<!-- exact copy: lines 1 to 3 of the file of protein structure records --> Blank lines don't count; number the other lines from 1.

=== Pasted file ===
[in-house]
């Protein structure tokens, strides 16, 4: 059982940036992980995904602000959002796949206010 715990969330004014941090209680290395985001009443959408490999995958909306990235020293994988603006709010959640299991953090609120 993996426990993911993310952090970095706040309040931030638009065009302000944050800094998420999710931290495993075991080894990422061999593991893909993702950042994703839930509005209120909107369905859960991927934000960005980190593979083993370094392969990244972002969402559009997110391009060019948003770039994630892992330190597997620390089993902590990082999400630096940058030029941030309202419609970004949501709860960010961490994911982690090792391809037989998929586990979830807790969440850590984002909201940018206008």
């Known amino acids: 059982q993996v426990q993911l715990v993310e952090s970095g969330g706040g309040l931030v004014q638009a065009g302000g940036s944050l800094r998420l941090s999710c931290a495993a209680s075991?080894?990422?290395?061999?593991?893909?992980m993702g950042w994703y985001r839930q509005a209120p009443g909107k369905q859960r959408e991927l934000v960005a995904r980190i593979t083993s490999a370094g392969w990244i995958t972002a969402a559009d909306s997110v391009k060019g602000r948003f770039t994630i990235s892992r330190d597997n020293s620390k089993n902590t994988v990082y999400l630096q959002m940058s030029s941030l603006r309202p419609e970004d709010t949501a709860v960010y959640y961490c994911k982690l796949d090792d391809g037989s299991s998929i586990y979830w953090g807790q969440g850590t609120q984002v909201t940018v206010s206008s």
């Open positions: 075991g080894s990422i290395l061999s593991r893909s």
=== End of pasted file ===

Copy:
[in-house]
């Protein structure tokens, strides 16, 4: 059982940036992980995904602000959002796949206010 715990969330004014941090209680290395985001009443959408490999995958909306990235020293994988603006709010959640299991953090609120 993996426990993911993310952090970095706040309040931030638009065009302000944050800094998420999710931290495993075991080894990422061999593991893909993702950042994703839930509005209120909107369905859960991927934000960005980190593979083993370094392969990244972002969402559009997110391009060019948003770039994630892992330190597997620390089993902590990082999400630096940058030029941030309202419609970004949501709860960010961490994911982690090792391809037989998929586990979830807790969440850590984002909201940018206008």
């Known amino acids: 059982q993996v426990q993911l715990v993310e952090s970095g969330g706040g309040l931030v004014q638009a065009g302000g940036s944050l800094r998420l941090s999710c931290a495993a209680s075991?080894?990422?290395?061999?593991?893909?992980m993702g950042w994703y985001r839930q509005a209120p009443g909107k369905q859960r959408e991927l934000v960005a995904r980190i593979t083993s490999a370094g392969w990244i995958t972002a969402a559009d909306s997110v391009k060019g602000r948003f770039t994630i990235s892992r330190d597997n020293s620390k089993n902590t994988v990082y999400l630096q959002m940058s030029s941030l603006r309202p419609e970004d709010t949501a709860v960010y959640y961490c994911k982690l796949d090792d391809g037989s299991s998929i586990y979830w953090g807790q969440g850590t609120q984002v909201t940018v206010s206008s």